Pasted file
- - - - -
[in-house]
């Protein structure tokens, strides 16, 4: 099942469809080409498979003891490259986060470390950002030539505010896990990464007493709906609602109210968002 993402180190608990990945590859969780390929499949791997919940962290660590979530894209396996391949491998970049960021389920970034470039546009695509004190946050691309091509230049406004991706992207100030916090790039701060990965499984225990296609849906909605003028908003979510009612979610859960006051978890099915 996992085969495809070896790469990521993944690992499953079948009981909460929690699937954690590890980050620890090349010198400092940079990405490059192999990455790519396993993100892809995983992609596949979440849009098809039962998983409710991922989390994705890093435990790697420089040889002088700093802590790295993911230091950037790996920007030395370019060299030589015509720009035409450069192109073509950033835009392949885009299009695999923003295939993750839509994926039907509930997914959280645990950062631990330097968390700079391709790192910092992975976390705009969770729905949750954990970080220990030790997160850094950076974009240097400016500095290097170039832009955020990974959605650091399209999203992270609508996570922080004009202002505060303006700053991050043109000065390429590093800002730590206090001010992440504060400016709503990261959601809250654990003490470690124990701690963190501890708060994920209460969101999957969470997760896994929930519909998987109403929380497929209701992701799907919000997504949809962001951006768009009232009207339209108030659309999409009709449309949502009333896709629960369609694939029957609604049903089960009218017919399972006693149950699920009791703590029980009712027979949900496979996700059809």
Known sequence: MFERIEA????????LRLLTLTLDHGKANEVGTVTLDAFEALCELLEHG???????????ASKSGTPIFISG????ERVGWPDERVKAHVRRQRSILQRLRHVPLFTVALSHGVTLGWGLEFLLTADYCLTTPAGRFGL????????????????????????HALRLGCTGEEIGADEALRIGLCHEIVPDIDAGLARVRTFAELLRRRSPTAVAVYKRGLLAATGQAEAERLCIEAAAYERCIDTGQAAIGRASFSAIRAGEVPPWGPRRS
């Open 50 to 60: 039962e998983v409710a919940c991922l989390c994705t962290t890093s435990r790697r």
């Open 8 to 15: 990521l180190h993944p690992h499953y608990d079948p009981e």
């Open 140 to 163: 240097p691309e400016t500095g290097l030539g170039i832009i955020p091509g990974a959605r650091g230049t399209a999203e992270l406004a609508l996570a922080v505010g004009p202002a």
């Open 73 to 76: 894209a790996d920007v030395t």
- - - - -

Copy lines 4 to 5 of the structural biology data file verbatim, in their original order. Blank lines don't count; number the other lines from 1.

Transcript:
């Open 50 to 60: 039962e998983v409710a919940c991922l989390c994705t962290t890093s435990r790697r």
């Open 8 to 15: 990521l180190h993944p690992h499953y608990d079948p009981e």